28 October 2012

Local Manufacturing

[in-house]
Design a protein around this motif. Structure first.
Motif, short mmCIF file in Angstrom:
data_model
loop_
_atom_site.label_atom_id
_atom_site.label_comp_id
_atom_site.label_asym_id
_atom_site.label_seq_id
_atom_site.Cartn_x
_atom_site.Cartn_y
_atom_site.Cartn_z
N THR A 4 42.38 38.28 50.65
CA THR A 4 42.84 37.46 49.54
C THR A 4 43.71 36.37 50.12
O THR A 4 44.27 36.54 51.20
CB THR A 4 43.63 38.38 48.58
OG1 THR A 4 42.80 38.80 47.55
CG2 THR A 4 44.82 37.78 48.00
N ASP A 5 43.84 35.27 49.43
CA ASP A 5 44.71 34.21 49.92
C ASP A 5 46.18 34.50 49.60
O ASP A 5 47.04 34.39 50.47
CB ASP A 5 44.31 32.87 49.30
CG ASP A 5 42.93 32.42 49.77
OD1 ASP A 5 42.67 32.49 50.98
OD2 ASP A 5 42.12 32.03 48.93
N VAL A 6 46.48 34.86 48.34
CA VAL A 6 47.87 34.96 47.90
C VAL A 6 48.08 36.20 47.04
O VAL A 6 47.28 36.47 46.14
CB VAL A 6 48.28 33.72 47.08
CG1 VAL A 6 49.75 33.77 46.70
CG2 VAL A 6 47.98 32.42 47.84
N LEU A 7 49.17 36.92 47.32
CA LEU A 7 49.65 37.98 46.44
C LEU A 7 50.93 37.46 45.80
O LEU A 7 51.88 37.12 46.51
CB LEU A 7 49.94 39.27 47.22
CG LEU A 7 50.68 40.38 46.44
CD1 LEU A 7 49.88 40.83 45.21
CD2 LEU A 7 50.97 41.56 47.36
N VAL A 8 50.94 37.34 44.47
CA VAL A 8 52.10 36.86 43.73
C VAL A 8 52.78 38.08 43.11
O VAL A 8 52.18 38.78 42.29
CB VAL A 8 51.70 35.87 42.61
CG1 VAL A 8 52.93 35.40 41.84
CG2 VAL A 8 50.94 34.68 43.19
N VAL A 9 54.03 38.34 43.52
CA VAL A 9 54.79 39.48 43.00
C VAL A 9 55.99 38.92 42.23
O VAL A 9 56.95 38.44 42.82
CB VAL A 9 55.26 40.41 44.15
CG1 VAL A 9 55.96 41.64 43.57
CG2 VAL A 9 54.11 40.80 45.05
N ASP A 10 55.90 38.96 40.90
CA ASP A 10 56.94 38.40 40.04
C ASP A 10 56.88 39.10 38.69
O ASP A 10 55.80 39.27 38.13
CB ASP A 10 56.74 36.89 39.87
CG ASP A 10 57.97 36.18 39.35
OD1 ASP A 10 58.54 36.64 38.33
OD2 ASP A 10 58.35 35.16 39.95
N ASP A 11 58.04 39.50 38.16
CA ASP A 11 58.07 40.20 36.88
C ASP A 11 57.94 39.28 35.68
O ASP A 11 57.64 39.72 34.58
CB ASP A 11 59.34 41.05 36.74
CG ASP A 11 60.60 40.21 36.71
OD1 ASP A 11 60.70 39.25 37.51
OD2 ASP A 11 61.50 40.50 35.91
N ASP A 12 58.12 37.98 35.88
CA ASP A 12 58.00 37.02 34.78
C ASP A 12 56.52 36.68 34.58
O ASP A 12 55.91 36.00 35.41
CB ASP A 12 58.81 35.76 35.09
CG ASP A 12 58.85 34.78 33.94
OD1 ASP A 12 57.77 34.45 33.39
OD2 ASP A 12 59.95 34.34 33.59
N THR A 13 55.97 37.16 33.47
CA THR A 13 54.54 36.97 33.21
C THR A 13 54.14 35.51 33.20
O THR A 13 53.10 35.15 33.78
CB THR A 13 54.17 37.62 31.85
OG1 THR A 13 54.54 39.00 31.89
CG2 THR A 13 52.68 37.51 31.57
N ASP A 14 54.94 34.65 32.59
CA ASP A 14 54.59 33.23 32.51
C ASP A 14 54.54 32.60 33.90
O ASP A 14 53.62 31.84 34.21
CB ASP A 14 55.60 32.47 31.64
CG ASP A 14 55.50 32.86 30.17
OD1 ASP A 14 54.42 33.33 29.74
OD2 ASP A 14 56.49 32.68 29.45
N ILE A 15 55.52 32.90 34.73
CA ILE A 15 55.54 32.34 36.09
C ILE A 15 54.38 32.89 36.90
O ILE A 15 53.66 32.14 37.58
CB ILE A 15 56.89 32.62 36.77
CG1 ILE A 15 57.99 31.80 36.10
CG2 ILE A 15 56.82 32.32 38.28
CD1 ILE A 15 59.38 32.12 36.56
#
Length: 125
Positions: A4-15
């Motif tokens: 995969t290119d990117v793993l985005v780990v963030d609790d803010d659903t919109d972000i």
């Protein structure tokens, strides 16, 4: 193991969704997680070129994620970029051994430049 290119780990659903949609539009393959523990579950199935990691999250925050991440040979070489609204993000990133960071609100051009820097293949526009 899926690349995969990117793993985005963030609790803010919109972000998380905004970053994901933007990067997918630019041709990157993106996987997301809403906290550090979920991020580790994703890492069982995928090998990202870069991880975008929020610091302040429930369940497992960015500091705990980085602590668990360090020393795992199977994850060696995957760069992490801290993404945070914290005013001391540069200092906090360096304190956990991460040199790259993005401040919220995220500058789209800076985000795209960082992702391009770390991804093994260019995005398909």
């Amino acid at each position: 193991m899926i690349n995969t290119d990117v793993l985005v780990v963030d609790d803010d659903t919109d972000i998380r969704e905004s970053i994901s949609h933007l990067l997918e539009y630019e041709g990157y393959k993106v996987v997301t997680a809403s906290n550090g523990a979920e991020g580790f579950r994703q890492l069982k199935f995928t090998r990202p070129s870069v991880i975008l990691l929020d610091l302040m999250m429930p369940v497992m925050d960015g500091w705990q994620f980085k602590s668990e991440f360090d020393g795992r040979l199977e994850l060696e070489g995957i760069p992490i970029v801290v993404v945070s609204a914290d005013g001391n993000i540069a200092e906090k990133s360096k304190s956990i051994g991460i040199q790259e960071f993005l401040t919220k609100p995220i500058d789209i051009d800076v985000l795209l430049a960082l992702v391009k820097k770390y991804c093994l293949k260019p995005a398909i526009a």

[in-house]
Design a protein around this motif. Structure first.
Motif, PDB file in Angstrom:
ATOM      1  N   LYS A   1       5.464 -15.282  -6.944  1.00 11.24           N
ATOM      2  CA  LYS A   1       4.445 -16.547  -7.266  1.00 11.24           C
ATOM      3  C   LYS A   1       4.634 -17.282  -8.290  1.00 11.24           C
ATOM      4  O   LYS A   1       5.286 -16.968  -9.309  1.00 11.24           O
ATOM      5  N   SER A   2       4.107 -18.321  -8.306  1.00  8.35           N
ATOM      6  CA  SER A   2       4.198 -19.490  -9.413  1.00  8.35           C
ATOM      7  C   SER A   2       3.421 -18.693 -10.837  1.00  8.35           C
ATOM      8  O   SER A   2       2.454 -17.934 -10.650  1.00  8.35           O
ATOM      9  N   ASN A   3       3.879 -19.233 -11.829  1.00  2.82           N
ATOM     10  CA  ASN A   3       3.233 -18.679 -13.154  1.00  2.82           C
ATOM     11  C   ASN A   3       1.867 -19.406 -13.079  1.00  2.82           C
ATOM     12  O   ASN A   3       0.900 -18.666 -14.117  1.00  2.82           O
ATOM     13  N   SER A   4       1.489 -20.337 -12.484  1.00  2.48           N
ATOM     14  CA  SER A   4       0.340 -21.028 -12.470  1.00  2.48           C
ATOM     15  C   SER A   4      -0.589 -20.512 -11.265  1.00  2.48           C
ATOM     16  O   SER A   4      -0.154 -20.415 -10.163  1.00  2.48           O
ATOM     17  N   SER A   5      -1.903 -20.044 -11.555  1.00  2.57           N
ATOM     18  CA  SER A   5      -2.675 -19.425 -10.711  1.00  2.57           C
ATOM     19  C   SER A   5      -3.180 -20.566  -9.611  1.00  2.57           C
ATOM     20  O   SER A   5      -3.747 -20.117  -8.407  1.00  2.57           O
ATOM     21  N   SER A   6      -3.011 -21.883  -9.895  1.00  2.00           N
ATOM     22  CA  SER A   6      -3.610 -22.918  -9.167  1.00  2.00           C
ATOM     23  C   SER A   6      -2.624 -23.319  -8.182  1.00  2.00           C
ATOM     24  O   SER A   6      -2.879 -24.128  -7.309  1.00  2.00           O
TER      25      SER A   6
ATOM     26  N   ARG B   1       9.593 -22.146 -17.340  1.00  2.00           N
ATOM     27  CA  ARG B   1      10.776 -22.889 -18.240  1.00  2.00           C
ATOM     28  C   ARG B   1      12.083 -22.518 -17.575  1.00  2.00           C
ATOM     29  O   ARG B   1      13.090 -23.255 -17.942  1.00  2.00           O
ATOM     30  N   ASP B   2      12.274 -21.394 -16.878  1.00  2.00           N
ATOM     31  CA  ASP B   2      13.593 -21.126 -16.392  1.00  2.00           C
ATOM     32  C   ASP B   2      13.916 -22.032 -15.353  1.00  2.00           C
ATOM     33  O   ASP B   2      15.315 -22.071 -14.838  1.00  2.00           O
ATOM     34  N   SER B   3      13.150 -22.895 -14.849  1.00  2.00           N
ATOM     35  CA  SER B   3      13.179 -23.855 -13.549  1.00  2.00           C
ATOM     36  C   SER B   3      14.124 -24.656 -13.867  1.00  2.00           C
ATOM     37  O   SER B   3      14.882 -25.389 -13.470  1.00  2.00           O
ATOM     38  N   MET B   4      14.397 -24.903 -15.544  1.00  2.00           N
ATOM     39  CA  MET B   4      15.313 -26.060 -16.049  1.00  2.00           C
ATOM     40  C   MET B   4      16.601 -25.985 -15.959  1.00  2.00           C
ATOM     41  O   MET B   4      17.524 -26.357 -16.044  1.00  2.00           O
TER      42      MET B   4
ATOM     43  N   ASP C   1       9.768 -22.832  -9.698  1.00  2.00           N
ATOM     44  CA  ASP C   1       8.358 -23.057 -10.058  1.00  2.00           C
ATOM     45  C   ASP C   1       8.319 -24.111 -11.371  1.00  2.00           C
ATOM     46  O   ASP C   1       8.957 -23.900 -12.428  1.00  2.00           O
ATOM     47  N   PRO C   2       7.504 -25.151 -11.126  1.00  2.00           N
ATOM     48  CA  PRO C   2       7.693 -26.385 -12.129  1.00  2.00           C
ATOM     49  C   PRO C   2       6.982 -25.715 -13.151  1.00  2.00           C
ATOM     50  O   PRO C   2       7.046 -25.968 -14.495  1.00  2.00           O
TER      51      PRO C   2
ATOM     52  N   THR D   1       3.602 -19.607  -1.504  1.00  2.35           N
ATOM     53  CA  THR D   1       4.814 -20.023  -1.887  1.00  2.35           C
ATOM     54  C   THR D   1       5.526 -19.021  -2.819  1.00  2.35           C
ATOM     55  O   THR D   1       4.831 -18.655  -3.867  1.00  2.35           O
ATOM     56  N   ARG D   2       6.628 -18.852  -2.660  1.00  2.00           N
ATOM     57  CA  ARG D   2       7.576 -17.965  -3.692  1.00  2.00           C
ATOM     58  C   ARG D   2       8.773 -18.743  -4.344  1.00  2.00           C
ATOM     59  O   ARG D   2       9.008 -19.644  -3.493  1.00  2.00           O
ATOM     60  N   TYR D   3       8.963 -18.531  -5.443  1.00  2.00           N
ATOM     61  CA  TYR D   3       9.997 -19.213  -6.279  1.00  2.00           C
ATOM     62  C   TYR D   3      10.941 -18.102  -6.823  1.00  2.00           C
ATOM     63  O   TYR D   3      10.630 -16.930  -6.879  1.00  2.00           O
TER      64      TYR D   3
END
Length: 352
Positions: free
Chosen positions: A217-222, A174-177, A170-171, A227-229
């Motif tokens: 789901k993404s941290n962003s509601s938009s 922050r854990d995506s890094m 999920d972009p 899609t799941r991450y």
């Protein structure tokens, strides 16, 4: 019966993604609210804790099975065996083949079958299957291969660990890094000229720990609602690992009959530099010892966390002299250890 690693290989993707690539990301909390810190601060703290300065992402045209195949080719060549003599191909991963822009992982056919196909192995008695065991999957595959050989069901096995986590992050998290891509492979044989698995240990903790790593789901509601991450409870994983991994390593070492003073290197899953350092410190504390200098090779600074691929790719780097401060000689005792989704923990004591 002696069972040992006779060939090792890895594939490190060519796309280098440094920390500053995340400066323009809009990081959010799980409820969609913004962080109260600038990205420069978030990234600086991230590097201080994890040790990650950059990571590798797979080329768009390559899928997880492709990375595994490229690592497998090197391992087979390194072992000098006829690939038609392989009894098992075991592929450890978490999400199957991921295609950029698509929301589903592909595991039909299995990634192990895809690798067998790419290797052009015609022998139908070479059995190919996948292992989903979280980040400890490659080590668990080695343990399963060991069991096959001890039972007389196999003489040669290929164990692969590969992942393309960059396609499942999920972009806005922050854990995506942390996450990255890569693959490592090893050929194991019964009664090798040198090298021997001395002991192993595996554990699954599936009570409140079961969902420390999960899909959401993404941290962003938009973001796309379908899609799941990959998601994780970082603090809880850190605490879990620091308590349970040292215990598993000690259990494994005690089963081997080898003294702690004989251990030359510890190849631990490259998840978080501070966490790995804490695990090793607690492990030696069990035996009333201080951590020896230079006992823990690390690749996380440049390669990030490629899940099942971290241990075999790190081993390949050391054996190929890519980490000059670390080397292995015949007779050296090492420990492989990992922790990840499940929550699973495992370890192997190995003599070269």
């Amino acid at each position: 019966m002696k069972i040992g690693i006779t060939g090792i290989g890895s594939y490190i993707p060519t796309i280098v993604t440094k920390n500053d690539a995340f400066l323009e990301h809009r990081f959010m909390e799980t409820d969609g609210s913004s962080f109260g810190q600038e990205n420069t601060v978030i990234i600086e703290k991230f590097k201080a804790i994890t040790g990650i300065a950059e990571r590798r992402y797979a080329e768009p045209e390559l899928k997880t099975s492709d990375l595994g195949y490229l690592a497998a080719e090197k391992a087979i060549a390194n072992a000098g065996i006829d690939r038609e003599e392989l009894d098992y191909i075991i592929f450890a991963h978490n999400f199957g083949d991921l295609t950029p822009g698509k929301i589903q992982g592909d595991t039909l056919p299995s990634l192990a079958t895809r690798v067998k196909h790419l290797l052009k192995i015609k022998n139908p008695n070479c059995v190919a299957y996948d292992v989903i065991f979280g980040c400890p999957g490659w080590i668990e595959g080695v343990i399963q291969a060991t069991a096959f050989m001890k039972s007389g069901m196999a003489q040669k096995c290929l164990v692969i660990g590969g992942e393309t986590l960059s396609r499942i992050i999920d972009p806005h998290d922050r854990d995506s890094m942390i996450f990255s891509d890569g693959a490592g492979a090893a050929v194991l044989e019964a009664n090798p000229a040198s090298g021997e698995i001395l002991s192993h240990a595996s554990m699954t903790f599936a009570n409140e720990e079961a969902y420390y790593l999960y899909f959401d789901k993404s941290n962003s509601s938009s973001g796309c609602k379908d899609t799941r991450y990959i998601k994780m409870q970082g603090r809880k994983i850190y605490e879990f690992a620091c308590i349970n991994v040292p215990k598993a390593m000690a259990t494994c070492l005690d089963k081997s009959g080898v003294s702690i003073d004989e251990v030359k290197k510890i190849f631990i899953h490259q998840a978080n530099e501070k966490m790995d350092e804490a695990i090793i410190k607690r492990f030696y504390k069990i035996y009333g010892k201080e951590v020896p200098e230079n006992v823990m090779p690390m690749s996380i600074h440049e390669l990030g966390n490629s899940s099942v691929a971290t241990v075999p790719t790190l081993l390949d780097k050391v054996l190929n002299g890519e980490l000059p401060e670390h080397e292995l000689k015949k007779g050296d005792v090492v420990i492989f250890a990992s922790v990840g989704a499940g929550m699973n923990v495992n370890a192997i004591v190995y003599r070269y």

For decades now the movement of manufacturing to Mexico and overseas has been a phenomenon decried both nationally and locally. The public wringing of hands of politicians, the wailing of the labor unions, the continual editorializing in the papers, and the obsessive discussions by the television talking heads all point to the demise of America as a result of the loss of jobs resulting from the movement of manufacturing out of the country. And yet Congress and the state legislatures are often responsible for this loss of jobs. A perfect example of this is methamphetamine. The manufacture of methamphetamine was a home grown industry. The ingredients required to manufacture meth are easily obtainable. The process by which it is manufactured is easily learned and the equipment necessary in the manufacturing process is readily available. Making meth was a source of income for many who had no income or were otherwise unemployable. The retail end of the business produced additional income for others in the supply chain. On the demand side, the market was never fully satisfied. I will admit things slowed considerably during the recession. The slow down in the construction industry has been a significant factor in lower demand. When one realizes that a very large percentage of roofers, brick layers, concrete workers, and others associated with construction and residential repair use a little meth in the morning to get the day started and again a snort or two after lunch to fight the early afternoon blahs, one realizes the effect on demand. But the demand is there and is now growing again but the ability to manufacture meth and been terribly restricted and has now moved to Mexico as has so much of our manufacturing. The particular factors in the loss of these jobs is due totally to our various legislative bodies. First and foremost if you are caught by the authorities making meth, you go to prison; often for many years especially if the federales capture you. Getting high is considered a sin and therefore criminal in all jurisdictions of this country. In addition, it is now difficult to obtain the ingredients for the production of meth. The purchase of pseudoephedrine, a necessary ingredient, is now monitored nationally so that law enforcement can learn who has purchased it anywhere in the United States; and in Iowa as an example, a person is limited in the amount of pseudoephedrine one can purchase in any given month. If you purchase pseudo for someone planning on using it to make meth, you are committing a felony. Another traditional ingredient, anhydrous ammonia, used by farmers as fertilizer and traditionally easily obtainable by those desiring to make a little meth is now required to be under lock and key and the possession of it with the intent to use it to make meth is also a felony. It is difficult to explain the container of anhydrous ammonia in your garage as fertilizer for your garden, especially since most of the people inclined to make meth are not avid gardeners. Consequently anyone possessing it without a tractor in the barn can expect prison time. This example illustrates once again the mendacity of our legislatures. They will tell you that meth is destroying lives and must be got rid of entirely and on the other hand they bemoan the loss of your job to poorly paid Mexican peasants. To find the good stuff, called ice, one now has to find an importer from Mexico. Often this importer is an illegal and shouldn't be here in the first place. Not only do we not profit from the manufacture of meth, but we also lose the wholesale markup to illegals. This is an unacceptable situation especially in rural areas where the population continues to dwindle for lack of jobs. Those of you who are unemployed or unemployable should be contacting your congressman or senator, or locally, your senator or representative to begin reversing this onslaught of legislation restricting you from gainful employment.